Indicators of what’s ahead

  12. Brandi Noelle

    Battle of Wits?

    Remember the days of Cary Grant
    a man of wit, charm, and sophistication?
    He may have had his opinions on life
    but avoided its altercations
    There were scandals behind the glitz and glam
    just ask any of Liz’s husbands
    Best friend Debbie Reynolds knew betrayal’s sting
    Heavy secrets plagued heartthrob Rock Hudson
    Blonde bombshell Marilyn was proof
    that sex always sells, even then
    Men clamored for box office tickets
    to watch Italian siren Sophia Loren
    Class and romance were the theme
    in old nightclubs of glitter and swank
    The sweet crooning of a favorite baritone
    made one forgive infidelity in Ava and Frank
    Indiscretions and personal struggles aside
    in one way they were all the same
    Patriotism and respect for the stars and stripes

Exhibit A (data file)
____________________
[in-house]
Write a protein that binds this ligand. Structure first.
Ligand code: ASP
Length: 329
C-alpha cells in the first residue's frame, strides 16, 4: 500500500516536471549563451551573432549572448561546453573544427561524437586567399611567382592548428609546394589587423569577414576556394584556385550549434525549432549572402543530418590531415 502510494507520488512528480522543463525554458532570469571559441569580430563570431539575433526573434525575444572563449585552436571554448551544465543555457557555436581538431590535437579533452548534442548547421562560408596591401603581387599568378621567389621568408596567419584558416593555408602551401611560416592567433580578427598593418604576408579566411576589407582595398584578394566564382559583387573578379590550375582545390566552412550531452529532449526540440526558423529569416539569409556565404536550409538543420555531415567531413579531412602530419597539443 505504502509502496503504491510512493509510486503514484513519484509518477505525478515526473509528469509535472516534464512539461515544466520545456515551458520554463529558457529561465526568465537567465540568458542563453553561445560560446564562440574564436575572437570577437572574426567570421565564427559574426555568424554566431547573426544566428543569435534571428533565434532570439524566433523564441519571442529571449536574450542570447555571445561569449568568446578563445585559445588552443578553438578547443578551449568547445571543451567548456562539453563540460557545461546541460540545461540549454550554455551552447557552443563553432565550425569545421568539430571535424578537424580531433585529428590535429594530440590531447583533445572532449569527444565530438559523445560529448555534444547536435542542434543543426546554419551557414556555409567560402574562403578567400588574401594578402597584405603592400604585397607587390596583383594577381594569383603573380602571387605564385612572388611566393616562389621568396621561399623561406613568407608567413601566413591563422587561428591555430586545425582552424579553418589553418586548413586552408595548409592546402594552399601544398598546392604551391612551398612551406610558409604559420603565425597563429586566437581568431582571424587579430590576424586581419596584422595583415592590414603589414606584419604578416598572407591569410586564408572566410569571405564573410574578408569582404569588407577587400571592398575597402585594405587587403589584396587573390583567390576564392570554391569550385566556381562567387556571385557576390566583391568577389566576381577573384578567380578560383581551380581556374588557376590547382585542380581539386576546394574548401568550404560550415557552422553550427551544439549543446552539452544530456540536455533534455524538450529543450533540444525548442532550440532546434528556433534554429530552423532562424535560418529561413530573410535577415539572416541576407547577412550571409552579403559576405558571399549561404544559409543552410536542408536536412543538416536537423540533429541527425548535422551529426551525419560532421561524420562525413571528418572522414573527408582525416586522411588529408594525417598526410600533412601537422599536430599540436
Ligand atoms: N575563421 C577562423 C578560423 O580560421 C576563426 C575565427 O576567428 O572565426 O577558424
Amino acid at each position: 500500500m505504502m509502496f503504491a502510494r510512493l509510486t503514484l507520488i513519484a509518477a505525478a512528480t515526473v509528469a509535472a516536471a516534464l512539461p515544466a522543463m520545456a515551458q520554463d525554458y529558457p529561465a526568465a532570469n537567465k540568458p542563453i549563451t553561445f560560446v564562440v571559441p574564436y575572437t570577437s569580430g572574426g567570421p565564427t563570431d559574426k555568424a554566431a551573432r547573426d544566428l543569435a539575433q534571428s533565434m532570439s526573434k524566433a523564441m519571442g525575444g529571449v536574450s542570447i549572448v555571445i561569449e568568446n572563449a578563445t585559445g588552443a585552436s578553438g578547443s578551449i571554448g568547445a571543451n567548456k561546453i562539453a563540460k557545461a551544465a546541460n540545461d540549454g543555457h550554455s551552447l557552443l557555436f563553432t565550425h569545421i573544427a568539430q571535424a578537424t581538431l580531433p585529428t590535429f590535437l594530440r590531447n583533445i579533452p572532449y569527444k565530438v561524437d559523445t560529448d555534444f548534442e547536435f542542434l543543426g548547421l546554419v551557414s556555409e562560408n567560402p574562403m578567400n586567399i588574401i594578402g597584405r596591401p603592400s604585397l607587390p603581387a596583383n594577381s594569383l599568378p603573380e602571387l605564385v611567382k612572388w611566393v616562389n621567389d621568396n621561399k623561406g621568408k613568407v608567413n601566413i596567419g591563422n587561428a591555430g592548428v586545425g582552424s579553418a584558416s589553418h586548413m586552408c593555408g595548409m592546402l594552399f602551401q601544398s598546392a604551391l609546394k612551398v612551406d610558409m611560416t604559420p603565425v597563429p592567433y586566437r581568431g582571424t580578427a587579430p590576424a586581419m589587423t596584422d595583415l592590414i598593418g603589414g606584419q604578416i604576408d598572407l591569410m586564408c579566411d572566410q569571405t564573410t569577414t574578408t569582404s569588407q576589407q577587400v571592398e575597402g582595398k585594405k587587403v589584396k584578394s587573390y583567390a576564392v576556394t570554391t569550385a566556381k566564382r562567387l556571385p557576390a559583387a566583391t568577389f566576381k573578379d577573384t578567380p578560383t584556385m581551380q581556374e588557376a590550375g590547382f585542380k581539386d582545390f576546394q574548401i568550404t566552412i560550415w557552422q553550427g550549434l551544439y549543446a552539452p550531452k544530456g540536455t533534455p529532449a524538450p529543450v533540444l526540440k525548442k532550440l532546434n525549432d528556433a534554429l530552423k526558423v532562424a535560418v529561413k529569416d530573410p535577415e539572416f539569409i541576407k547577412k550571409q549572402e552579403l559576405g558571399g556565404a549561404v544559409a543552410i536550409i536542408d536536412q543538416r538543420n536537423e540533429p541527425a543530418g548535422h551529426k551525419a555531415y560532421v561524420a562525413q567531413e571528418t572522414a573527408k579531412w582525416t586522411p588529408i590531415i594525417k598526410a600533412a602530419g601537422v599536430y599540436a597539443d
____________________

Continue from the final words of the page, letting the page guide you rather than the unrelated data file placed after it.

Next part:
Held more value than the jewels and the fame
    Some left the comforts of Hollywood
    to save Europe from a frightening fate
    Jimmy Stewart was a decorated war hero
    upon which there is no debate
    Easier, those days, in which celebrities
    awed, inspired, and made us proud
    now its hate and ugliness spewed
    on a forum that is much too loud
    Social media has become a portal in which
    all are compelled to bare their souls
    hiding beneath entertainment’s illusion
    the harshness of reality takes its toll
    Those who once brought us joy and laughter
    now engage in vulgar verbal attacks
    cursing, demeaning, and calling names
    alienating fans as they grind their ax
    Foolishly they believe this bitter rage
    to be an intelligent battle of wits
    a shocking revelation it will be to most
    when the shine of their star is no longer lit

  13. MaggieIrene

    Battleship In Sixth Grade
    …for Kay Woodhouse

    Sixth grade indoor recess,
    when it was twenty below outdoors
    and a teacher grasped for sanity straws,